Your Swiss smartwatch might very well have Intel Inside. Intel and Tag Heuer are unveiling the fruits of their alliance today with the Modular 45, a Swiss luxury watch that has all of the electronics and smarts of competitors such as the Apple Watch.
The watch is modular, which means you can select the band, the buckles, and the watch face. You can also change the face on the dial by tapping on the screen and mixing and matching different options.
“They’re all interchangeable,” said Tom Foldesi, vice president of connected products and technology at Tag Heuer, in a joint press conference at the luxurious St. Francis Yacht Club in San Francisco. Tag Heuer also held a parallel event in Switzerland. “This is a connected luxury Swiss watch. People have moved mountains to enable this project, on time and on spec.”
Based on Google’s Android Wear 2.0 software, the watch is the second that Intel and Tag Heuer have worked on together. Among the cool features on this watch is near-field communication that lets you instantly pay for goods.
Another cool feature: You can tell the watch to remind you to buy milk after work (via an app). And you don’t have to set the exact time for the reminder. The app, with its artificial intelligence, will remind you as you’re leaving work, based on its understanding of your global positioning system (GPS) data.
Foldesi added, “It’s a connected watch that does not look out of place. Tech can be shoehorned into a wearable, and it may be a wearable you may not want to wear. This speaks to you as an individual.”
The entry-level watch costs $1,650, while the Tourbillon version of the watch costs $18,000. There are actually about 56 different possible versions of the watch, depending on what you choose in terms of faces (there are 11 of them), buckles, and straps.
“Don’t drop it,” said Jerry Bautista, vice president at Intel’s new technology group, in an interview with VentureBeat.
He also said that the smartwatch doesn’t necessarily take advantage of the performance side of Moore’s Law, the prediction that computing power will double every couple of years.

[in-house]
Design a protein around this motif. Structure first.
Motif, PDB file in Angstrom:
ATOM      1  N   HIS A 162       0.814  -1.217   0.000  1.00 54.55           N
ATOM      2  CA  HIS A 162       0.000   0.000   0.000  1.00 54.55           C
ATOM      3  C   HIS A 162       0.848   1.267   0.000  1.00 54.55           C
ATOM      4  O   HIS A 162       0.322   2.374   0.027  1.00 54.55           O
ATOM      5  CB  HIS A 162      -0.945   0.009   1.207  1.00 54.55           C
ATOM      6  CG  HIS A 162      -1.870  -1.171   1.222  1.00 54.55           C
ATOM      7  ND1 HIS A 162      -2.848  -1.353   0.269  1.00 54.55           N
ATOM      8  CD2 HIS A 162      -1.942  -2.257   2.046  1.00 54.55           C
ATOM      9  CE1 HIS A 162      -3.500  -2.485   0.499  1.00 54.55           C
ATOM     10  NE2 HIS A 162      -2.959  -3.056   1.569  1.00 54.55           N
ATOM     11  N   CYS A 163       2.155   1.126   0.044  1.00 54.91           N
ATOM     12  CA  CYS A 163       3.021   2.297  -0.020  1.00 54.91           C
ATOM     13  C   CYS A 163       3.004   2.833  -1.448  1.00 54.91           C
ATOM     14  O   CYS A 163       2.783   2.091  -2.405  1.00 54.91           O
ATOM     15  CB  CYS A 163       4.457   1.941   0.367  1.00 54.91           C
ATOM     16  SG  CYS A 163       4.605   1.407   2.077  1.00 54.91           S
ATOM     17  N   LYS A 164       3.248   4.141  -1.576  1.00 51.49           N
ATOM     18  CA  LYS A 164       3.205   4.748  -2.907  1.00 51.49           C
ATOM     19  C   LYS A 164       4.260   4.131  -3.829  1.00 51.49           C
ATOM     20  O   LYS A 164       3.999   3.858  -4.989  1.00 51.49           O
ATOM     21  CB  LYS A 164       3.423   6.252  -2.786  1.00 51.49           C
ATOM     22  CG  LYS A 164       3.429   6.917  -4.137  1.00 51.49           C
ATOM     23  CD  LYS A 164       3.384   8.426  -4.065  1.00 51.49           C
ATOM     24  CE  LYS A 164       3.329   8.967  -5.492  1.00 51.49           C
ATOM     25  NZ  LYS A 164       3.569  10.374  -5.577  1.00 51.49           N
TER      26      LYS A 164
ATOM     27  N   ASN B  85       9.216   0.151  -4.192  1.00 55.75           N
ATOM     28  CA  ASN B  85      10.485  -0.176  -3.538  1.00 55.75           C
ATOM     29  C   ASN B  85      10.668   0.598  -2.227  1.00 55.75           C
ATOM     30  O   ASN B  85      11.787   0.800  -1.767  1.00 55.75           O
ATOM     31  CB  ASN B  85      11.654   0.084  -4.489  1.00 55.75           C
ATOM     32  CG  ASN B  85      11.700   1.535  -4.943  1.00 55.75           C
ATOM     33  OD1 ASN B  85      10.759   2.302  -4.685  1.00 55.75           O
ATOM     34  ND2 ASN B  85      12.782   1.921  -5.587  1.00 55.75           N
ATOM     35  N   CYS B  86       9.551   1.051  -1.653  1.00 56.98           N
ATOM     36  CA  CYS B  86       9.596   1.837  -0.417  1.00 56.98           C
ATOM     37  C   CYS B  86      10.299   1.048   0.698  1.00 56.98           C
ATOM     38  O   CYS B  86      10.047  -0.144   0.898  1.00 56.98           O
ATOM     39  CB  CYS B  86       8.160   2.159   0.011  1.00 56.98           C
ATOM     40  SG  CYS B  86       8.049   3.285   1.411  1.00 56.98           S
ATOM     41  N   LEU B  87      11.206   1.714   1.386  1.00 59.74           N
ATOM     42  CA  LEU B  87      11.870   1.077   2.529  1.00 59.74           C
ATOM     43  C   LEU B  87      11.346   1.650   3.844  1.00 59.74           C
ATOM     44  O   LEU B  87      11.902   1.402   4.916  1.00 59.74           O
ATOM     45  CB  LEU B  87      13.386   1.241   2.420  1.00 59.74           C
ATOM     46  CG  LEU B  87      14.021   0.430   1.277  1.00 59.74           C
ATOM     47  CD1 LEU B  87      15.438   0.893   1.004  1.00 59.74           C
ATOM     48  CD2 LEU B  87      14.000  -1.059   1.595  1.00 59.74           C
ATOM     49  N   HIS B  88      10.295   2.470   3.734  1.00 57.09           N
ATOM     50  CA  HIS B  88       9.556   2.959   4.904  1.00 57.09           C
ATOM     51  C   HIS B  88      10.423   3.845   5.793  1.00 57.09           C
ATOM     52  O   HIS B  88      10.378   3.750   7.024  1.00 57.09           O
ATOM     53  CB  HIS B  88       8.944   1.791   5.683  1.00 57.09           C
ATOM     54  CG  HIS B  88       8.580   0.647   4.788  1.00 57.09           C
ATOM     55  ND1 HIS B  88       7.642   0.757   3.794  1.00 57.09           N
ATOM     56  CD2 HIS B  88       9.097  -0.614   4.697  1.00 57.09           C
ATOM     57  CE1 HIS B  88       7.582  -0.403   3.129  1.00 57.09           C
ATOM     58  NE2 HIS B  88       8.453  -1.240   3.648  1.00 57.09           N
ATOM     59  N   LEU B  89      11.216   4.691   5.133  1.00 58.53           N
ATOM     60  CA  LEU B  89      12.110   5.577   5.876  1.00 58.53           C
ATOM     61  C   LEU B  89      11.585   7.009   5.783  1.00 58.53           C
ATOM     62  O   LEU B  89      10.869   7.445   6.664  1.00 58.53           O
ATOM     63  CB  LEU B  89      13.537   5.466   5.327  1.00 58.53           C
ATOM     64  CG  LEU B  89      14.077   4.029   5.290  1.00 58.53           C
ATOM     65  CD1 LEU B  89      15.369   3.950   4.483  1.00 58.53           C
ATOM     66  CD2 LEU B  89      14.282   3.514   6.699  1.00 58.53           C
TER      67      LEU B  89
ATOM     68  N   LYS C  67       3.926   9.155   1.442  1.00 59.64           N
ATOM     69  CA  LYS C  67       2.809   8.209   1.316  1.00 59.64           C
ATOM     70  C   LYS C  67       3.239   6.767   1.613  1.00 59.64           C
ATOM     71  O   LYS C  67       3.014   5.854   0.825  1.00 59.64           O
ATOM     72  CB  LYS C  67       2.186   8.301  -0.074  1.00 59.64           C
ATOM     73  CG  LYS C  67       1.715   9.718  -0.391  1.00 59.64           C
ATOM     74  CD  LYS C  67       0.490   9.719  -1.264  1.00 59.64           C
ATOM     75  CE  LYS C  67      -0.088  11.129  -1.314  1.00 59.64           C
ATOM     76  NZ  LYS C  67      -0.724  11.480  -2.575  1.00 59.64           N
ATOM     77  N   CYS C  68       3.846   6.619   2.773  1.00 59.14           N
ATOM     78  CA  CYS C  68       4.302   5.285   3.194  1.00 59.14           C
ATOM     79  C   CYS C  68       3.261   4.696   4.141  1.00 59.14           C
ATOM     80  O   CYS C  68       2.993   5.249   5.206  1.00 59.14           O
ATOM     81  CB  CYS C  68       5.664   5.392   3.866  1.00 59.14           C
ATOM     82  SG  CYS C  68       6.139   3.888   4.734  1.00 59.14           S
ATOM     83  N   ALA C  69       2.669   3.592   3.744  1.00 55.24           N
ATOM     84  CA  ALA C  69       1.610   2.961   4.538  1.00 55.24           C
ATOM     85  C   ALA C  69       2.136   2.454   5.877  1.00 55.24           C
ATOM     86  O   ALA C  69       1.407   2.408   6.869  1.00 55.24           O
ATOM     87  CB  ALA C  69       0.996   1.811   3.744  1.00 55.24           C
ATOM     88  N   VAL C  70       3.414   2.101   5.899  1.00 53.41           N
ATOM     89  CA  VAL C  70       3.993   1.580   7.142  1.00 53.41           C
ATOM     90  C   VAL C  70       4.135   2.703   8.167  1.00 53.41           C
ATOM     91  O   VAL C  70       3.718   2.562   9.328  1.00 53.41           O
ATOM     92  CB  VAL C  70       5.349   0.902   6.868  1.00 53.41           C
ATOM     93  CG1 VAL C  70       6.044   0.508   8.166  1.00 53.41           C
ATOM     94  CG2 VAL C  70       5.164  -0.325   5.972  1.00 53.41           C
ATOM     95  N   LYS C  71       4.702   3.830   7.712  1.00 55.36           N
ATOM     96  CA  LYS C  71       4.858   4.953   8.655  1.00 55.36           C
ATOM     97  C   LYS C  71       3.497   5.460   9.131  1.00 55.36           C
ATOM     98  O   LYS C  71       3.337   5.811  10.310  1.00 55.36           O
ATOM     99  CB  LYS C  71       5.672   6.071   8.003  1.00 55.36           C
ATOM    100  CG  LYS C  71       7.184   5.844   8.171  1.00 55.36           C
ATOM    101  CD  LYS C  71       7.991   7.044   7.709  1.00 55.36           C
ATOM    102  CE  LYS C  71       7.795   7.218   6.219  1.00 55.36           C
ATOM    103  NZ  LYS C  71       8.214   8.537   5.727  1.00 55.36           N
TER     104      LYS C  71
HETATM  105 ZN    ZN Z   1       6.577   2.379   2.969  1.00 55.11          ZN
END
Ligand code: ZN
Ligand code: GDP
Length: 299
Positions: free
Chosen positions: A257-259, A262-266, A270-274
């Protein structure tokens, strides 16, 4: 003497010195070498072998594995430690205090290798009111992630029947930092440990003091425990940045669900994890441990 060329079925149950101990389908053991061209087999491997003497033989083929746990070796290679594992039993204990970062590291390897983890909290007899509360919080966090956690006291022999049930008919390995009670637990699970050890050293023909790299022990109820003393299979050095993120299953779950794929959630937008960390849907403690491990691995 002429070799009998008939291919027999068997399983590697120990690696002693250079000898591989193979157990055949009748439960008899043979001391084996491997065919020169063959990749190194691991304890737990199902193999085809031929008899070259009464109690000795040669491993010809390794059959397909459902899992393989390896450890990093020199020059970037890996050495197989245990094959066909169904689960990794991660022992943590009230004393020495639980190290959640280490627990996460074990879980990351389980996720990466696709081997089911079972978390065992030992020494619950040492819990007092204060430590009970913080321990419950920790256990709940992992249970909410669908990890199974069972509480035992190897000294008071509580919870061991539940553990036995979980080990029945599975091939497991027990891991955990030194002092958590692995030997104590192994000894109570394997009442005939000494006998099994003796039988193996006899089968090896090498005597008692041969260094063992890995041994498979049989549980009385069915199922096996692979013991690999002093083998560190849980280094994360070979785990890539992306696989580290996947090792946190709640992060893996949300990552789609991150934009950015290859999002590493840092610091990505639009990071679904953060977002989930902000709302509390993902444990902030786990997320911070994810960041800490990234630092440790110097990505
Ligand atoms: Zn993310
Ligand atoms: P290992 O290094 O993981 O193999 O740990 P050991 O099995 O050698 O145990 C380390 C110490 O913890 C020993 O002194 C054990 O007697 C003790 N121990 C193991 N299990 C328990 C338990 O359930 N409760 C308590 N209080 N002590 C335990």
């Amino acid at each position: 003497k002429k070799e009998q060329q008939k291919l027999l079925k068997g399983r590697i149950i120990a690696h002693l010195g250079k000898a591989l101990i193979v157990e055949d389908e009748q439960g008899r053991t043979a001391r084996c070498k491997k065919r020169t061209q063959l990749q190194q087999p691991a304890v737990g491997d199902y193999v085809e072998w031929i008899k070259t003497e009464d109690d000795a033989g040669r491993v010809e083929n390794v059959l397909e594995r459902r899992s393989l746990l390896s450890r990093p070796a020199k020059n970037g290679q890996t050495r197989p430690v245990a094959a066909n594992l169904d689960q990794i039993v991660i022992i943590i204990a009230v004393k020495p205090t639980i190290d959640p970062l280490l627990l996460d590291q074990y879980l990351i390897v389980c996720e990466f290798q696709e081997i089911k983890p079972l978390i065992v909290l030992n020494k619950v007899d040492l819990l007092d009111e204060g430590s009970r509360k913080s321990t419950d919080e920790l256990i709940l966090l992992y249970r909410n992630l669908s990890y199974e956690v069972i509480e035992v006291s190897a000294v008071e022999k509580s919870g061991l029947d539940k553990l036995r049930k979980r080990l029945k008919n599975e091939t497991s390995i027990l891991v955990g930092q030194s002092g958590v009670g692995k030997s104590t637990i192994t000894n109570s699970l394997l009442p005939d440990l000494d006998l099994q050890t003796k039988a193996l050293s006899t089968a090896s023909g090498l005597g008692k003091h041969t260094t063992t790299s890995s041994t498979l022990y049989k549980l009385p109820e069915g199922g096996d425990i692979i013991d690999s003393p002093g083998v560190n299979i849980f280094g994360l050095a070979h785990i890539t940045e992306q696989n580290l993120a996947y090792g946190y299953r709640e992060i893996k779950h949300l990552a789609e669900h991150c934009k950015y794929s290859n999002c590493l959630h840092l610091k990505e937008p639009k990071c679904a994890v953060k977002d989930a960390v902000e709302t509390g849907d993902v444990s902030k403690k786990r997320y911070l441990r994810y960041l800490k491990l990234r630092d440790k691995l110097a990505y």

“You won’t have a 4-billion transistor server chip in this,” he said. “Except for the fact is that the chip was one that we once had in smartphones. There’s a phone-class processor in this watch, and that gives it good connectivity and high performance. It collects data from your body for hours at a time.”
Where it does count is in the miniaturization and power management. Intel created antennae for the various Bluetooth, Wi-Fi, and GPS radios in the device by wrapping it around a band near the face of the watch. Meanwhile, the watch is encased in metal, which would otherwise make wireless reception much tougher. The battery life is about 30 hours.
“With this approach, we get about 70 percent better Wi-Fi performance than we did on the prior watch,” Bautista said.
The watch has a proximity sensor that can tell whether you are wearing the watch. That goes together with the near-field communication that enables you to make instant payments. If you are not wearing the watch, you might be prompted for a security code during payment.
Foldesi said the design does not include a heart-rate monitor, as it is not a fitness watch and that feauture “was not a key to this.”
“Luxury is like a pyramid. If you buy an entry-level car, you check off all the options,” said Guy Semon, general manager of Tag Heuer, in an interview. “You want value for money. If you buy an Aston Martin, you won’t check for what kind of GPS it has. You buy it because it is emotional. This watch is an emotional purchase. It combines the top technology of Silicon Valley and the best that we can deliver.”
Tag Heuer does the final assembly of the watch at its headquarters in Switzerland. The watch is water-resistant to a depth of 50 meters.
“This is a collaboration between the two companies,” Bautista said. “The engineering really goes deep.”
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